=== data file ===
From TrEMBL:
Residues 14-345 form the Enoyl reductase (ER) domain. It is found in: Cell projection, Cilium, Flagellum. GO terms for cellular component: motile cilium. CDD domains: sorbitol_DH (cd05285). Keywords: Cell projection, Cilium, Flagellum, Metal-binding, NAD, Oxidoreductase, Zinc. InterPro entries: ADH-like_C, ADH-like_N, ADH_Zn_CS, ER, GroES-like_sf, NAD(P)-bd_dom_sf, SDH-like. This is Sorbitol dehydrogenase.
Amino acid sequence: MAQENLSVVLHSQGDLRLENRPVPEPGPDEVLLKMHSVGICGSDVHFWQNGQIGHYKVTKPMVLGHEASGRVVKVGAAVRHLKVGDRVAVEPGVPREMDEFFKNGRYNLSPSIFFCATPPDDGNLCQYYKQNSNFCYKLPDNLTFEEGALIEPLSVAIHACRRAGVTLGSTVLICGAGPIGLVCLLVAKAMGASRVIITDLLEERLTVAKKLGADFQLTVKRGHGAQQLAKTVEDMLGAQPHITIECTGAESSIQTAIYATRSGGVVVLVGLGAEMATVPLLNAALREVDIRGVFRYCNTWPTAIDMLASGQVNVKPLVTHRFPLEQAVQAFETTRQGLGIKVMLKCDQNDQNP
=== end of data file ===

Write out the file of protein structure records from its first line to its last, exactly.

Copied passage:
From TrEMBL:
Residues 14-345 form the Enoyl reductase (ER) domain. It is found in: Cell projection, Cilium, Flagellum. GO terms for cellular component: motile cilium. CDD domains: sorbitol_DH (cd05285). Keywords: Cell projection, Cilium, Flagellum, Metal-binding, NAD, Oxidoreductase, Zinc. InterPro entries: ADH-like_C, ADH-like_N, ADH_Zn_CS, ER, GroES-like_sf, NAD(P)-bd_dom_sf, SDH-like. This is Sorbitol dehydrogenase.
Amino acid sequence: MAQENLSVVLHSQGDLRLENRPVPEPGPDEVLLKMHSVGICGSDVHFWQNGQIGHYKVTKPMVLGHEASGRVVKVGAAVRHLKVGDRVAVEPGVPREMDEFFKNGRYNLSPSIFFCATPPDDGNLCQYYKQNSNFCYKLPDNLTFEEGALIEPLSVAIHACRRAGVTLGSTVLICGAGPIGLVCLLVAKAMGASRVIITDLLEERLTVAKKLGADFQLTVKRGHGAQQLAKTVEDMLGAQPHITIECTGAESSIQTAIYATRSGGVVVLVGLGAEMATVPLLNAALREVDIRGVFRYCNTWPTAIDMLASGQVNVKPLVTHRFPLEQAVQAFETTRQGLGIKVMLKCDQNDQNP